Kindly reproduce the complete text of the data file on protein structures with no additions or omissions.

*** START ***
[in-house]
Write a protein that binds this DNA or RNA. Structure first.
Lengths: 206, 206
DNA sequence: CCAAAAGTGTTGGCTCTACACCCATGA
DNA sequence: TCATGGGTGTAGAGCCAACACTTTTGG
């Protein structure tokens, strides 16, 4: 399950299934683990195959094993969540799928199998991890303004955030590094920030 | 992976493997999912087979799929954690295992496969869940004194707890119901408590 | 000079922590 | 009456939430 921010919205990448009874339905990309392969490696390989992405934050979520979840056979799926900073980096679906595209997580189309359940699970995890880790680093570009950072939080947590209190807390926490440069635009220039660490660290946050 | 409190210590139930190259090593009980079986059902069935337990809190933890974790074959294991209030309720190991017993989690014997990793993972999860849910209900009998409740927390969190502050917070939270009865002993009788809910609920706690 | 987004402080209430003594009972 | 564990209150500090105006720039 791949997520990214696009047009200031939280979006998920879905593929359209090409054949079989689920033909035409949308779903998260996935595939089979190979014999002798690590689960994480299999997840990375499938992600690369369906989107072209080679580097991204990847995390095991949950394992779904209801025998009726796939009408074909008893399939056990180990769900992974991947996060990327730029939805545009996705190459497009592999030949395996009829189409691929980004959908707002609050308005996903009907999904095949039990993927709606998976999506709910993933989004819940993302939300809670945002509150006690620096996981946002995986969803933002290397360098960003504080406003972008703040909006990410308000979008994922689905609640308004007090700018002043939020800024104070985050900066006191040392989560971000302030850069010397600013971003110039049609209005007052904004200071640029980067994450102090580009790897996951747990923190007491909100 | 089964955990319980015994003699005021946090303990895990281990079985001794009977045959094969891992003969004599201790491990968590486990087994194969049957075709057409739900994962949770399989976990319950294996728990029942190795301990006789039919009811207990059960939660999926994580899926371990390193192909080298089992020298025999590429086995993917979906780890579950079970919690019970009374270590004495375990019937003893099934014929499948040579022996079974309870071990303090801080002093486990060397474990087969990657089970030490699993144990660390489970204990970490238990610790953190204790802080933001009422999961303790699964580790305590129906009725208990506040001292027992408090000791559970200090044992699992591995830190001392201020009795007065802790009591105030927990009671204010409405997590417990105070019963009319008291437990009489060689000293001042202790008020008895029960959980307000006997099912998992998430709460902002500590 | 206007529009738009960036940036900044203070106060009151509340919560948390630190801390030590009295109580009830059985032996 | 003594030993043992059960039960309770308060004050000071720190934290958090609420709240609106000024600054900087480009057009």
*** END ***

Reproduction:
[in-house]
Write a protein that binds this DNA or RNA. Structure first.
Lengths: 206, 206
DNA sequence: CCAAAAGTGTTGGCTCTACACCCATGA
DNA sequence: TCATGGGTGTAGAGCCAACACTTTTGG
């Protein structure tokens, strides 16, 4: 399950299934683990195959094993969540799928199998991890303004955030590094920030 | 992976493997999912087979799929954690295992496969869940004194707890119901408590 | 000079922590 | 009456939430 921010919205990448009874339905990309392969490696390989992405934050979520979840056979799926900073980096679906595209997580189309359940699970995890880790680093570009950072939080947590209190807390926490440069635009220039660490660290946050 | 409190210590139930190259090593009980079986059902069935337990809190933890974790074959294991209030309720190991017993989690014997990793993972999860849910209900009998409740927390969190502050917070939270009865002993009788809910609920706690 | 987004402080209430003594009972 | 564990209150500090105006720039 791949997520990214696009047009200031939280979006998920879905593929359209090409054949079989689920033909035409949308779903998260996935595939089979190979014999002798690590689960994480299999997840990375499938992600690369369906989107072209080679580097991204990847995390095991949950394992779904209801025998009726796939009408074909008893399939056990180990769900992974991947996060990327730029939805545009996705190459497009592999030949395996009829189409691929980004959908707002609050308005996903009907999904095949039990993927709606998976999506709910993933989004819940993302939300809670945002509150006690620096996981946002995986969803933002290397360098960003504080406003972008703040909006990410308000979008994922689905609640308004007090700018002043939020800024104070985050900066006191040392989560971000302030850069010397600013971003110039049609209005007052904004200071640029980067994450102090580009790897996951747990923190007491909100 | 089964955990319980015994003699005021946090303990895990281990079985001794009977045959094969891992003969004599201790491990968590486990087994194969049957075709057409739900994962949770399989976990319950294996728990029942190795301990006789039919009811207990059960939660999926994580899926371990390193192909080298089992020298025999590429086995993917979906780890579950079970919690019970009374270590004495375990019937003893099934014929499948040579022996079974309870071990303090801080002093486990060397474990087969990657089970030490699993144990660390489970204990970490238990610790953190204790802080933001009422999961303790699964580790305590129906009725208990506040001292027992408090000791559970200090044992699992591995830190001392201020009795007065802790009591105030927990009671204010409405997590417990105070019963009319008291437990009489060689000293001042202790008020008895029960959980307000006997099912998992998430709460902002500590 | 206007529009738009960036940036900044203070106060009151509340919560948390630190801390030590009295109580009830059985032996 | 003594030993043992059960039960309770308060004050000071720190934290958090609420709240609106000024600054900087480009057009």